AFTER another reduced turn-out at the latest demonstration against the raising of the pension age, union leaders are meeting tonight to work out how to take protest forward.
Fewer protesters took to the streets on the eighth day of action: police said there were 375,000 people at the 245 protests across the country (down from their estimated 560,000 on October 28), while the CGT union counted 1.2 million (again down, from nearly 2m).
The protests have been seen as a last stand against the bill, which is going through the Conseil Constitutionnel for final ratification.
CGT leader Bernard Thibaut said, however, the street protests would go on even once the law was given final approval. The CGT would go it alone, if need be.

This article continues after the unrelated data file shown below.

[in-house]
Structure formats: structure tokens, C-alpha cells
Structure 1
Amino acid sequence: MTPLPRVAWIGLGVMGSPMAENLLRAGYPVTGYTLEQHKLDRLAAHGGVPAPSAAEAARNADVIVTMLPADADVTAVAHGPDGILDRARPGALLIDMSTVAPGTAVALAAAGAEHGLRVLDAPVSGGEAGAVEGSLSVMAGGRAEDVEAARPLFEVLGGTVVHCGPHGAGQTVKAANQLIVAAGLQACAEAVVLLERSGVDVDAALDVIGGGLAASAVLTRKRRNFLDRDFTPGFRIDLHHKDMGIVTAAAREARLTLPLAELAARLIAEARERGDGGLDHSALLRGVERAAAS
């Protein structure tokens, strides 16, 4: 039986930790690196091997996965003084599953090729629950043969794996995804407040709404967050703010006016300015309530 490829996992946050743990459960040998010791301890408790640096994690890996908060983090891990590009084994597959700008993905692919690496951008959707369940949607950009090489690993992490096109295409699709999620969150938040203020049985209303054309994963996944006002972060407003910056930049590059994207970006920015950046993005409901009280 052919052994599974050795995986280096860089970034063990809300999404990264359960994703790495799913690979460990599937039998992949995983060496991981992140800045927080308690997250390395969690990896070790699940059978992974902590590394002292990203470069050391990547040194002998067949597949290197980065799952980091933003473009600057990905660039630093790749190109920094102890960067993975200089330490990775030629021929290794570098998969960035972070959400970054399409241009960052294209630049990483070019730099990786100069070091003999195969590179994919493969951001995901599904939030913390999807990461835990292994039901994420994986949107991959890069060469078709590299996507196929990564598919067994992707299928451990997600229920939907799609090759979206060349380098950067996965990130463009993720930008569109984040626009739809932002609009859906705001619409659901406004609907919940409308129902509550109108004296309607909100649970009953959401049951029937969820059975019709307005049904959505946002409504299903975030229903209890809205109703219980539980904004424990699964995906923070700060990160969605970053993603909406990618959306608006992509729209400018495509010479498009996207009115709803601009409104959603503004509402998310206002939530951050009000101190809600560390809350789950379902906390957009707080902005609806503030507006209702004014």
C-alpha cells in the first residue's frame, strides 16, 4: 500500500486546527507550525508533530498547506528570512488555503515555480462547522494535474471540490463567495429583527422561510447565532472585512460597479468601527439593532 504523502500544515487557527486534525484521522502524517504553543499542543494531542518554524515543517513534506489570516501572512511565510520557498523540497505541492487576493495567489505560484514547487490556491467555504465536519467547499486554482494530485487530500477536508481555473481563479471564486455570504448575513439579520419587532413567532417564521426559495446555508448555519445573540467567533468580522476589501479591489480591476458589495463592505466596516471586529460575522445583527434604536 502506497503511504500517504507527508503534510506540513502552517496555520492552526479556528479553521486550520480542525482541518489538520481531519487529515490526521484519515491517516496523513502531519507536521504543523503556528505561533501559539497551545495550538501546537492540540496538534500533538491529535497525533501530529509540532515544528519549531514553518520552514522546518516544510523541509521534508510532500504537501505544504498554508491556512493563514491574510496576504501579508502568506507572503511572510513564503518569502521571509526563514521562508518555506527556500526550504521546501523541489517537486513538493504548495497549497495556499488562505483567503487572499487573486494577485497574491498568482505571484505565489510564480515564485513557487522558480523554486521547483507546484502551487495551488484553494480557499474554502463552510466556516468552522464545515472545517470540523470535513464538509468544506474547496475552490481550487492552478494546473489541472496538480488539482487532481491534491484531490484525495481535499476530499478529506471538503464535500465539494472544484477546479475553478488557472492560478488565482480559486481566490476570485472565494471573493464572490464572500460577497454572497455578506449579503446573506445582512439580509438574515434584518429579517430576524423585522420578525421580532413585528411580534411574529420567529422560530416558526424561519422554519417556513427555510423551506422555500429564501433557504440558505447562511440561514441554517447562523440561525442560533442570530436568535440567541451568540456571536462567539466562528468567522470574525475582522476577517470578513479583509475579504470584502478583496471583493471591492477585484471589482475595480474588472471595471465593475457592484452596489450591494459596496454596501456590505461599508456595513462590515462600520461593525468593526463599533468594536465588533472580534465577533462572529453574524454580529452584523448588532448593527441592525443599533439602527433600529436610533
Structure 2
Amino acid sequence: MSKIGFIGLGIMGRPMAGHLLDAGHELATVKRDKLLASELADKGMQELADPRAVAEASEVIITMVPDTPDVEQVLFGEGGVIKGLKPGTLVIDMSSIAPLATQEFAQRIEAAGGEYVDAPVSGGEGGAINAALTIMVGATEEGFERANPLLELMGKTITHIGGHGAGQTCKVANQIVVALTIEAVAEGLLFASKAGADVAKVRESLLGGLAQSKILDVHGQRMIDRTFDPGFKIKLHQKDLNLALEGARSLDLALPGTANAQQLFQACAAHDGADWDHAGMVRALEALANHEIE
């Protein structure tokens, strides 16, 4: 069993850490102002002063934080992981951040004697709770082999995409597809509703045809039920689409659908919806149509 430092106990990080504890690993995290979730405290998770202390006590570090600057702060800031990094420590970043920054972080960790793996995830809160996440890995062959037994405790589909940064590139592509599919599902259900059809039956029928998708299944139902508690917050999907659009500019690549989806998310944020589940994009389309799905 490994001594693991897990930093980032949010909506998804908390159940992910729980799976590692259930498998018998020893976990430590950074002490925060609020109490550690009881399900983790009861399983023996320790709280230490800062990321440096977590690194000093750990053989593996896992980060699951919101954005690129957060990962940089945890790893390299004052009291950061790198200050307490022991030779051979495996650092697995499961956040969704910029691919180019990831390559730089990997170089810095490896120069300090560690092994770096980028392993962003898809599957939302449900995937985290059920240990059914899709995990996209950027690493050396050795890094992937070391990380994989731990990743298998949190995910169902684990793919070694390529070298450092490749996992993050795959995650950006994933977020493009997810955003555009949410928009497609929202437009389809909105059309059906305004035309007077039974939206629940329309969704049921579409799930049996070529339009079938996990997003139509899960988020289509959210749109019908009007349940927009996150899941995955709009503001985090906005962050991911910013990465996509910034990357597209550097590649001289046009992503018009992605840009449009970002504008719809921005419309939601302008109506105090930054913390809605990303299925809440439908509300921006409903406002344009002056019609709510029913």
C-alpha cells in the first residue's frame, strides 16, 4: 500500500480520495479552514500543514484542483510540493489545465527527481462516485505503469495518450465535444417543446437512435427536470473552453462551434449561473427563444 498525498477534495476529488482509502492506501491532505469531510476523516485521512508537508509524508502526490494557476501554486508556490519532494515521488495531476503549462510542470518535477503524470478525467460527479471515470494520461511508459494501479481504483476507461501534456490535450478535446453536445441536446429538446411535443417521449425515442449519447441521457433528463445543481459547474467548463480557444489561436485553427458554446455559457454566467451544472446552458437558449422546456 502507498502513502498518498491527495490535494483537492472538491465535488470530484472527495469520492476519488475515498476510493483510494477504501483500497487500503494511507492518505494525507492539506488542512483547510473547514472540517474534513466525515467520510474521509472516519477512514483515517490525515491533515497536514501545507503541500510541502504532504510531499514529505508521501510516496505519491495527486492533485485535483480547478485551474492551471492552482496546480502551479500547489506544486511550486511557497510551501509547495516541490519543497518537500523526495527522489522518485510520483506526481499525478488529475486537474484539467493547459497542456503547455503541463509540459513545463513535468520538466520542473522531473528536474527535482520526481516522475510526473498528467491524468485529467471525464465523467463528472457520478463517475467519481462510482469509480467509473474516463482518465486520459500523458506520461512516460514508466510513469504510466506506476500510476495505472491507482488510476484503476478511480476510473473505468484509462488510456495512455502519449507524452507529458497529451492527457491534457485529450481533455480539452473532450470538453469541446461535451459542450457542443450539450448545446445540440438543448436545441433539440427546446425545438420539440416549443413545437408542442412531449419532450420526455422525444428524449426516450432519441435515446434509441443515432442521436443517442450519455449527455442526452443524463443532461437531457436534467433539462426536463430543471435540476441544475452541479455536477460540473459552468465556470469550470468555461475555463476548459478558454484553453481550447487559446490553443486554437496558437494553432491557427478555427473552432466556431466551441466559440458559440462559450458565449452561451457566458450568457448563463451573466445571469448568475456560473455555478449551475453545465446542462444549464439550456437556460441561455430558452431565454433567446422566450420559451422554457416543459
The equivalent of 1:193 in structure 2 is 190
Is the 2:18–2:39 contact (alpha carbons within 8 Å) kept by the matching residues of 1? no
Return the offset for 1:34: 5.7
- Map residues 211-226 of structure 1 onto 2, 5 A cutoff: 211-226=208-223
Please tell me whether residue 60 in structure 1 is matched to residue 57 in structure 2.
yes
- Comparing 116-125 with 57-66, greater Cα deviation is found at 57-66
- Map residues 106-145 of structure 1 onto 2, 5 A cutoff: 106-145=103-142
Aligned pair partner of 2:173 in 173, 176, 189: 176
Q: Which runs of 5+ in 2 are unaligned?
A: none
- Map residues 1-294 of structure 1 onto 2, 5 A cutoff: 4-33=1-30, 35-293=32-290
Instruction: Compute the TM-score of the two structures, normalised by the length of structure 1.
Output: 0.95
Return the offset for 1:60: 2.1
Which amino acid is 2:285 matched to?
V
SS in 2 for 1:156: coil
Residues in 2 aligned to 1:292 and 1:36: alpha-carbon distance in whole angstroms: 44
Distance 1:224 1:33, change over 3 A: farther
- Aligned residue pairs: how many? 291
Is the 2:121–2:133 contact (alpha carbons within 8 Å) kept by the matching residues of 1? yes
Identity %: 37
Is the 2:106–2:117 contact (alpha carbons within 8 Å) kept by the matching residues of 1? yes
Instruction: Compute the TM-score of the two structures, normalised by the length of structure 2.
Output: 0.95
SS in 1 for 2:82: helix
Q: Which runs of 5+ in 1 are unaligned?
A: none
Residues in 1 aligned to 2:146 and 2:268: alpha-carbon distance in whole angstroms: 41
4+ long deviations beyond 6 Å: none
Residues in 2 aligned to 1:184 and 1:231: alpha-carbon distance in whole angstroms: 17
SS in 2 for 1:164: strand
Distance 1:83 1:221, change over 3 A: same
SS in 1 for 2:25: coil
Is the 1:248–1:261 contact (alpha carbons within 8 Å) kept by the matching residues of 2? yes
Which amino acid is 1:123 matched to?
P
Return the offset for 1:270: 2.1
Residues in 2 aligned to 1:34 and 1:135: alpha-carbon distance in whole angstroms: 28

This was aimed at his counterpart at the CFDT, François Chérèque, who has acknowledged that the campaign has started to stutter.
President Sarkozy’s proposal to increase the retirement age from 60 to 62 has been opposed in opinion polls by nearly 75 per cent of the population and has been met with strikes, street marches and refinery blockades that caused disrupted transport.
Now the CFDT and some other unions are suggesting that the protests should move on to another form of – still-to-be-decided – action.
Paris residents were affected directly by a new strike at the weekend after rubbish bins were left uncollected in 10 arrondissements as binmen joined the pensions protest. Depots used by council workers were blockaded, although those used by private contractors were still open and working.